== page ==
High-quality agricultural index insurance has shown promise in promoting resilience among small-scale farmers who face a constant risk of drought and other weather-related shocks. However, despite decades of investments this tool has yet to achieve its broadest impact in part because of low-quality contracts that don’t reliably pay farmers for losses and that sometimes pay when there are none.
USAID is partnering with the University of California, Davis to take on this challenge by establishing the world’s first agricultural index insurance quality certification in Kenya. The $1.7 million initiative, “Innovations to Improve the Quality and Uptake of Agricultural Index Insurance in East Africa,” will help ensure that products for small-scale farmers across East Africa truly can promote long-term resilience.
“This initiative to establish a certification for index insurance quality could have a ripple effect that creates incentives for insurance companies to create higher quality contracts,” said Michael Carter, a UC Davis professor of agricultural and resource economics and the initiative’s lead. “This development could significantly improve small-scale farmers’ opportunities for long-term resilience despite increasing risks of weather-related catastrophes.”
The Promise of Agricultural Index Insurance and the Problem of Low Quality
Poor farmers in emerging economies whose livelihoods depend on the food they can grow often also face a high risk of losing crops to drought or some other weather-related catastrophe. This risk of losing everything in a bad year keeps them from investing in improved seeds or fertilizer despite the potential gains.
Agricultural index insurance is a tool to stop this cycle of persistent poverty. Research has shown that in good years, index insurance encourages farmers to invest more for higher incomes. In bad years, high-quality agricultural index insurance provides nearly the same protection as conventional insurance except without the high costs of verifying each individual claim.
Low-quality index insurance remains a major barrier to scaling these kinds of impacts despite decades of support from The World Bank, USAID, DIFD, GIZ, international NGOs and national governments, stunting the technology’s potential worldwide. In fact, low-quality contracts put households who are already vulnerable at greater risk.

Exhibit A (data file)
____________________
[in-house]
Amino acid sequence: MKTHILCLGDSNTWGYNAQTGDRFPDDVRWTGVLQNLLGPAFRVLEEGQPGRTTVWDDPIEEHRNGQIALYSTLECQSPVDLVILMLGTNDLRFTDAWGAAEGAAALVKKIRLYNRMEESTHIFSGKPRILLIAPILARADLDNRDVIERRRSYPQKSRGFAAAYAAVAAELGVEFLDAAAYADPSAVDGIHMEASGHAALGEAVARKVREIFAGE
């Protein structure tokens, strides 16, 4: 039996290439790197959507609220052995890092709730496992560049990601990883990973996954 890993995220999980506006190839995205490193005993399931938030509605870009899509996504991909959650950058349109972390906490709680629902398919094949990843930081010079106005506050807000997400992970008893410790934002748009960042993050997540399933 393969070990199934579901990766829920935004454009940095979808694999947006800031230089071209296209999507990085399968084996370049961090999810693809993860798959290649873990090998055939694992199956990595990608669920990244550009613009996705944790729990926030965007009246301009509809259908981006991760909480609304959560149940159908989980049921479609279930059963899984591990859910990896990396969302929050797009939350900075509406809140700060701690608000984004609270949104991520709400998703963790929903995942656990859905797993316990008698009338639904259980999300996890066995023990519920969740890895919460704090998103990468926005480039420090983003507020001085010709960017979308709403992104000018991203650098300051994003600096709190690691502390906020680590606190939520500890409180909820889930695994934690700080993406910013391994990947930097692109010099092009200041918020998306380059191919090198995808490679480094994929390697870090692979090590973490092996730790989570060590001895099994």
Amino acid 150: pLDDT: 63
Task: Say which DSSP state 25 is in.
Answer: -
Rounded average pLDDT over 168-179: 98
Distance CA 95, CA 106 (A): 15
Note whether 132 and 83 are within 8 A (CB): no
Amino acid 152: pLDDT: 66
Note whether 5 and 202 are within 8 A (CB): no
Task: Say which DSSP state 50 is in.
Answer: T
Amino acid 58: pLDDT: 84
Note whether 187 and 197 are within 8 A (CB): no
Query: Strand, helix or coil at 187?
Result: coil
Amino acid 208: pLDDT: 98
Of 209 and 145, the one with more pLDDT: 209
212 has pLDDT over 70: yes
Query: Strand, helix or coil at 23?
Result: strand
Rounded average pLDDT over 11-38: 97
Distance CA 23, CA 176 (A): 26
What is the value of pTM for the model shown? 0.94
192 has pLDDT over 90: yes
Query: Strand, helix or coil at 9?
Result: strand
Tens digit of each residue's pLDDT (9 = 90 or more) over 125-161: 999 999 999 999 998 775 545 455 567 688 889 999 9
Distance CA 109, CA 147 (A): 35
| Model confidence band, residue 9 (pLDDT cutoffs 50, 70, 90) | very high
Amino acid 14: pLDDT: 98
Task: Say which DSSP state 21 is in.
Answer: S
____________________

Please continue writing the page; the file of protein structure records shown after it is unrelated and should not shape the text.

“The problem is when an index insurance contract is of such low quality that it systematically fails to pay out as it should,” said Carter. “This kind of contract is more likely to leave a farmer worse off for having bought it than it is to help them to achieve long-term stability and resilience.”
Establishing Index Insurance Quality Certification for East Africa
For this new USAID initiative, UC Davis and NASA will partner with the Regional Center for Mapping of Resources for Development (RCMRD) to establish the world’s first board for Quality Index Insurance Certification (QUIIC) and a technical lab to refine and measure index insurance quality. RCMRD is a Nairobi-based organization providing geo-information to 20 national governments in Africa and will lead the QUIIC board and technical lab by 2022.
This initiative will expand on existing collaborations and build new ones. RCMRD already partners with the NASA Applied Sciences Team as part of the NASA/USAID SERVIR network that seeks to improve environmental decision-making among developing nations around the world. The UC Davis team will add expertise in using remote sensing to predict crop losses and in building high-quality index insurance contracts.
“What’s so exciting is that this field of remote sensing has been going on for 40 years almost, and it’s really booming right now because of new sensors and satellites being sent out as we speak,” said Robert Hijmans, a professor of environmental science and policy at UC Davis and a collaborator on the project. Hijmans leads the Ecology, Geography, and Agriculture lab at UC Davis as well as the Geospatial and Farming Systems Research Consortium for the Feed the Future Innovation Lab for Sustainable Intensification at Kansas State University.
Carter led the development of the Feed the Future AMA Innovation Lab’s Minimum Quality Standard (MQS) for agricultural index insurance. MQS is a measure that compares the value of an agricultural index insurance contract against the value of having no insurance or an equivalent cash transfer. MQS will be the starting point for the quality measure adopted by the QUIIC board.
“This uncertainty of quality is the same with improved seeds, except that seeds are certified with national standards for germination rates and yields,” said Carter. “Index insurance is a complex financial instrument but there are no similar certifications or standards for quality so farmers know a contract won’t fail them in their time of need.”
Testing the QUIIC Model in Uganda
The USAID initiative will also include an opportunity to test QUIIC with a separate intervention in Uganda designed to increase uptake for high-quality agricultural index insurance. The team will collaborate with Uganda insurance companies to create a fine-tuned QUIIC-certified index insurance contract, which will be distributed through village saving groups.
This “VISA” model of distribution for index insurance will be randomized to measure its impact on household well-being. It will leverage the expertise of the Grameen Foundation, an international NGO, in community-based savings groups.
“This USAID initiative is a valuable opportunity to not only establish an Africa-based quality certification for index insurance but also to test its impact at the same time,” said Carter. “This forward-thinking approach to promoting resilience should pay out dividends to small-scale farmers worldwide."
Alex Russell, (530) 752-4798, email@example.com